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Data lakes are great in theory, but we need to think about interoperability and consent

By 13/10/2017April 2nd, 2019No Comments

I recently attended the UK Health Show and was invited to take part in a panel discussion about data lakes. For anyone unfamiliar with the concept, this is NHS England’s plan for regional data lakes which will encourage the collection and use of information across populations of three to five million people. These data lakes will make both pseudonymised and identifiable patient data available for research.

The data collection model is aligned with the 44 STP footprint areas. As well as providing the technical architecture for linking patient data, each area will be expected to use an interoperable information exchange to create a real-time longitudinal record of the patient based on the data which will be collected from multiple sources.

One of the challenges we still need to address is how this regional data, collected at the STP level and obtained through interoperable information exchange, will feed into the national data service and be used for service planning, research and crucially optimising care delivery. This data interoperability will only be possible by ensuring that data within regional services is captured and recorded against national, or international, standards – not something that large healthcare providers, including the NHS, have found easy in the past.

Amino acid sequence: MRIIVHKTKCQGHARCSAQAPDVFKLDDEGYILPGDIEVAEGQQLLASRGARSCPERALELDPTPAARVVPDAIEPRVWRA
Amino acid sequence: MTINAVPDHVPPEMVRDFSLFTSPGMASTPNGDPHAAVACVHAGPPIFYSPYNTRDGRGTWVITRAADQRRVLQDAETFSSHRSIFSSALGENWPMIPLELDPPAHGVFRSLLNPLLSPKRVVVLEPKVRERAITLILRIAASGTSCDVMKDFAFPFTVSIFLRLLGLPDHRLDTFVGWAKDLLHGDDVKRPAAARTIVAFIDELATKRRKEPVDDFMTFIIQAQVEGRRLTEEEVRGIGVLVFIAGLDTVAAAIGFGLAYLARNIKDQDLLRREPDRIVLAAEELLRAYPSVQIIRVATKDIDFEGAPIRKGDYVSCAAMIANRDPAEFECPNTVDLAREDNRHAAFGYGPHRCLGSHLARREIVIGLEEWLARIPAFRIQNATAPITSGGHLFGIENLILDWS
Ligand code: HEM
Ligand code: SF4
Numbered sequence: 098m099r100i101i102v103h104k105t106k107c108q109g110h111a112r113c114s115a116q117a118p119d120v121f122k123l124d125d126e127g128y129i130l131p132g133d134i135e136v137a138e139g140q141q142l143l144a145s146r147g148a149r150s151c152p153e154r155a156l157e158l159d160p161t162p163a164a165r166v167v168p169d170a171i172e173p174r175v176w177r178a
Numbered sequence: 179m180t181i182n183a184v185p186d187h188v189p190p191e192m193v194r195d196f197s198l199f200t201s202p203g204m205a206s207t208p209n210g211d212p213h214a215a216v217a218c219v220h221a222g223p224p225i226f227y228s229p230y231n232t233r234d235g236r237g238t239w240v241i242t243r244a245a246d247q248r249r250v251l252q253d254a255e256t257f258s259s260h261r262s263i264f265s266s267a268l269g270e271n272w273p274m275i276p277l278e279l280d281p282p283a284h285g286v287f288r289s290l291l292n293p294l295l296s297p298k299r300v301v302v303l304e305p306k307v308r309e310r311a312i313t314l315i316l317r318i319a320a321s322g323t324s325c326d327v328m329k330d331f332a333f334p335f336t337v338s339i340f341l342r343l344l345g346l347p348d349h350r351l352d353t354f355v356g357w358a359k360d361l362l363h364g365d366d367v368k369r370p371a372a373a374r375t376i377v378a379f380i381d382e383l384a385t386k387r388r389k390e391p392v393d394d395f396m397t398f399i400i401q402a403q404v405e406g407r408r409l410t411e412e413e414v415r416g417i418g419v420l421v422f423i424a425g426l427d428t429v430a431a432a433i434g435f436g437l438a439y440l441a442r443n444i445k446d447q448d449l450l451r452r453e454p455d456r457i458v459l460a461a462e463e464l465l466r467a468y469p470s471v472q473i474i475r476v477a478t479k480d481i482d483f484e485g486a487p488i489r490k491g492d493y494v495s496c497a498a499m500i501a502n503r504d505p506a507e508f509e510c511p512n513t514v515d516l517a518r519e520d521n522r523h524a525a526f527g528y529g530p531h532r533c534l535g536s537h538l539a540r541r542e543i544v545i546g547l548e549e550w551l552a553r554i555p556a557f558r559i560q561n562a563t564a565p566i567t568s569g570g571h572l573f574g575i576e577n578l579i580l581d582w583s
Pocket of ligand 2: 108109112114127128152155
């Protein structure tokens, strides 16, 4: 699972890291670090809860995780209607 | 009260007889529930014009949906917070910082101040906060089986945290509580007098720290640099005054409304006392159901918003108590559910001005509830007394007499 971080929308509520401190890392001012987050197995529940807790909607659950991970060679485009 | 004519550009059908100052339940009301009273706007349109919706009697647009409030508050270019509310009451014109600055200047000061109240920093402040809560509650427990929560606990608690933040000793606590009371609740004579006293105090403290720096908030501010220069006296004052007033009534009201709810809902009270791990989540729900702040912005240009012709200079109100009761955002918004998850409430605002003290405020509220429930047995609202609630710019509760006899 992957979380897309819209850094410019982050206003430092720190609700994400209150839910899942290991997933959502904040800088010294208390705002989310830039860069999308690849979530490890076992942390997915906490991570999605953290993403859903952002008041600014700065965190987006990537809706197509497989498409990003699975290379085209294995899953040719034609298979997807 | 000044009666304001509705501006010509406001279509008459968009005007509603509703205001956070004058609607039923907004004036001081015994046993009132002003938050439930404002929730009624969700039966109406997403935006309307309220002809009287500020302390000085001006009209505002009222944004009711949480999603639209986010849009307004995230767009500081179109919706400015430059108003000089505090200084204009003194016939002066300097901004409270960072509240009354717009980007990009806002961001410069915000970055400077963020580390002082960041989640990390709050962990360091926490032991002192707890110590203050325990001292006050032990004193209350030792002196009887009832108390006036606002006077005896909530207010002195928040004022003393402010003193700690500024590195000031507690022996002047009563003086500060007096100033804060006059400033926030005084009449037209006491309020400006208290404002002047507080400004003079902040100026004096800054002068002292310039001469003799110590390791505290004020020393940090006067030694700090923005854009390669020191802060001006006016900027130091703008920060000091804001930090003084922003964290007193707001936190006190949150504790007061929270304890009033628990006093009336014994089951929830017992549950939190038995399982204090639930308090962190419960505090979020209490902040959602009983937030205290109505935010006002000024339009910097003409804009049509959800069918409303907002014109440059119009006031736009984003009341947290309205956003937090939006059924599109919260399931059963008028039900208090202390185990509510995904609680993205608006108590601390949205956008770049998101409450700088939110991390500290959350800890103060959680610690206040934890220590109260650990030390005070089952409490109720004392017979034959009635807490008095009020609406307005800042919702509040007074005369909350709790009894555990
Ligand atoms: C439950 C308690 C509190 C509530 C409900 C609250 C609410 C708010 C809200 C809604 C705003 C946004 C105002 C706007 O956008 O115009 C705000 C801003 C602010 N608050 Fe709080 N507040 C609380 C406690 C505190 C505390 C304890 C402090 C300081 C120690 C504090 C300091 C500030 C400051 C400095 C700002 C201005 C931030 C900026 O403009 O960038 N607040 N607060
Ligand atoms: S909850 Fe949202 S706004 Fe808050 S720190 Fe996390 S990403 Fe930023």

The other major challenge in the data lake proposal is the consent model and how it will be applied. The debate about consent was the major theme of discussion at the UK Health Show panel where patients, clinicians, and health data advocates shared very similar concerns. Once we know which consent model is being suggested, we will be able to determine its appropriateness and the impact of incomplete data sets relating to consent on the overall knowledge generated.

Although these challenges are significant, they can be addressed and should not stop us focussing on the bigger picture which is the potential to improve care delivery and health through a shared care record. This goal is shared by many health systems globally and the NHS is now well placed to take the lead in demonstrating how it can be achieved.

Dr Charles Young

Chief Medical Officer, Capita Healthcare Decisions; Senior Medical Officer, Capita Group.

Dr Charles Young was a member of a panel discussing the potential impact of data lakes at the UK Health Show on the 27th September.